As I stood on top of the lighthouse in Cape Town and the wind ripped through my hair and face, I could see rain clouds drifting towards the landmass from all sides. I was filled with a sense of wonder and exhilaration. Those were the seas that Bartolomeu Dias must have sailed in 1488 when he landed after being tossed across the stormy waves on a landmass that he christened the Cape of Storms. And that is where I was standing! So, much had happened since then. The whole world had changed over this one discovery. It had drawn closer in quest of ‘Gold, God and Glory’.
The Cape was only renamed Cape of Good Hope by Dias’ monarch, the King of Portugal, King John. He called it Cape of Good Hope “ for the promise it gave offinding India, so desired and for so many years sought after”.
Vasco Da Gama was the one who, with the help of a pilot from Kenya, ultimately ‘found’ the sea route to India. He landed in the Keralite city of Khozikode (Calicut) in 1498, ten years after his predecessor had discovered the Cape of Good Hope. The Arabs had been trading with India from the seventh century. However, they did not need to use the Cape of Good Hope as they crossed only the Indian Ocean. The Arabs also made no attempt at blocking other traders. The Portuguese subsequently conquered land to try to monopolize the trade. The British, the Dutch and the French later beat them at their own game!
While driving through the park towards the Cape, we had seen distant crosses dot the landscape in memory of Dias and Da Gama…but the highlight was the view from the Cape with the sea stretching out and beating against the tall cliffs with the strong breeze
I could see the old lighthouse at a distance. There is a trekking route to that point too as there is to the beach.
view from the top of the Cape of Good Hope
Walking trail to the beach
The new lighthouse is above the ticket counter and restaurants. Tickets are only needed if you ride the trolley, which takes you part of the way to the lighthouse. The trolley does not go up to the top. You have to take the stairs built into the cliffs. There is a walking trail all the way up too. The view from the top with the sea beating on all sides is unparalleled. A sense of euphoria envelops ones being as the beauty of the wide expanse makes ones heart sing.
Below is the beach, unlittered, white and pristine. The walk to the beach has breathtaking views all along. When we headed back to the visitor parking from the beach, we saw a huge goat grazing. It was almost the size of a cow!
Interestingly, Cape of Good Hope is not the Southern most point of Africa. The Southern most point is Cape of Agulhas about 150 km east-southeast of the point where I stood. That is where the Indian Ocean and Atlantic Ocean meet… but the history of mankind found the Cape of Good Hope and popularized it long before the factual misconception was revealed.
The restaurants are near the parking lot, midway between the beach and the lighthouse. In the outdoor seating area, there was a monkey chasing a lady with a pizza. He wanted a bite too! While one could merrily enjoy the plight of another chased by a monkey, it was difficult for me to empathize with the red wing starlings that I met at the Cape. The birds wanted a bite of my sandwich whenever I stepped into the outdoor picnic area. They swooped down so close to my hand that I could almost feel the beat of their wings. I was compelled to run and take shelter inside the self-service restaurant. I did not dare step out till I finished my sandwich!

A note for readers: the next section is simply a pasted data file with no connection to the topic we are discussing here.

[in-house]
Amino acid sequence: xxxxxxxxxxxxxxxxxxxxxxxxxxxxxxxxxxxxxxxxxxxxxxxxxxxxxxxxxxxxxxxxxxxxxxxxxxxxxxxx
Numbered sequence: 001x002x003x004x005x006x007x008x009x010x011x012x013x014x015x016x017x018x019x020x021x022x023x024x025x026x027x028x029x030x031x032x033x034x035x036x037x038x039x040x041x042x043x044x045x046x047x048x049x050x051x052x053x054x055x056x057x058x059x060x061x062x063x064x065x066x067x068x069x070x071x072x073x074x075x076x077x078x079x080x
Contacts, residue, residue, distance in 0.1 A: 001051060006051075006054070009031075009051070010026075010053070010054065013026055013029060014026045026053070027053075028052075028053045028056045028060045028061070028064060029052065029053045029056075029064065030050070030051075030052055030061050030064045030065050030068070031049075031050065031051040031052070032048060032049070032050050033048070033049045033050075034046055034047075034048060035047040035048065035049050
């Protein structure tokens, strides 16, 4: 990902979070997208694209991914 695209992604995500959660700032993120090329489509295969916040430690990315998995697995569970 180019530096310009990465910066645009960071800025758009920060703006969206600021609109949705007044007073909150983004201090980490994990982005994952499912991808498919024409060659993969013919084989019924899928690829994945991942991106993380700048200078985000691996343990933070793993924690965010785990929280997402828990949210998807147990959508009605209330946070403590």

Seagulls on a picnic table
As somebody told us, the birds in Cape Town are crazy… we saw an Egyptian goose knock at the window of a jewelry store in the Victoria and Albert Waterfront. It stood patiently and knocked but, unfortunately, no one answered. It waited and waddled but went back to knocking every now and then… a very persistent and patient bird one must say. We saw ducks roosting on their eggs along the edges of this historic area, named after the British monarch and the prince, who made a splash in this part of the world with his visit to Africa in 1860.
Seagulls were one of the most prominent occupants of the Waterfront. They screeched, they flew, they even occupied most of the outdoor picnic tables made for people. They had no fear of humans. They did not sleep at night! We were staying in a hotel in the Waterfront. Sometimes, the seagulls even knocked on our windowpanes late at night.
The Waterfront is of course dotted with shops and restaurants.
The other interesting thing is the old battery that they dug up along the waterfront, the Chavoness Battery built in the early eighteenth century to protect Cape Town. This was excavated in the 1990s by students from the Cape Town University and now stands as a museum. The Chavoness Battery Museum had some interesting exhibits like guns, cannons, cannon balls, an old well and walls. It was an extension of the Castle of Good Hope. The Castle of Good Hope was built earlier in the 1660s by the Dutch. That is now located in the heart of Cape Town and houses the Castle Military Museum.
One of the things most visible from the Waterfront is the Table Mountain. It forms a backdrop to the whole of Cape Town and is one of the most popular tourist venues in South Africa. The cliffs at the Cape of Good Hope are an extension of the Table Mountain National Park. The Table Mountain is a flat plateau made of rocks dating back to 450 to 500 million years. It is home to one of the most iconic creatures we had never met before met, the dassie (hyrax). They belong to the same clan as elephants, Paenungulata. One would presume that relatives of elephants would be huge, like mammoths. But these were not huge. They were rodents, cute ones that liked to pose for the camera. They basked on the rocky surface of the Table Mountain absorbing the heat from the sun and attention from tourists.
View of Robin Island from Tabletop
view of the bay
Table Mountain has fabulous views and unique plants. You can see the whole of Cape Town stretching out to the sea. It glitters and glimmers like jewel in the sunshine. The sea changes colors as the waves splash against the rocks and white foamy waves create fluid borders that keep changing. One can see Robin Island, where the famous Nelson Mandela was imprisoned. The vastness and the sense of freedom one experiences at the top are unique as is the geographical structure of this National Park. These mountains form a natural amphitheater to the city bowl and the table bay. While queuing for almost a couple of hours to get to the top of the mountain in the cableway, the view is one of the things one can enjoy. From the top, the view is breathtaking as is the walk around.
Other than catching up with dassies, colorful sunbirds, red winged starlings and an agama lizard basking under a rock, we saw the unique flower called Protea, after which is named a hotel chain adopted by Marriot in South Africa. The branch in Cape Town has history. It is housed in an old prison built for white prisoners and showcases torture weapons!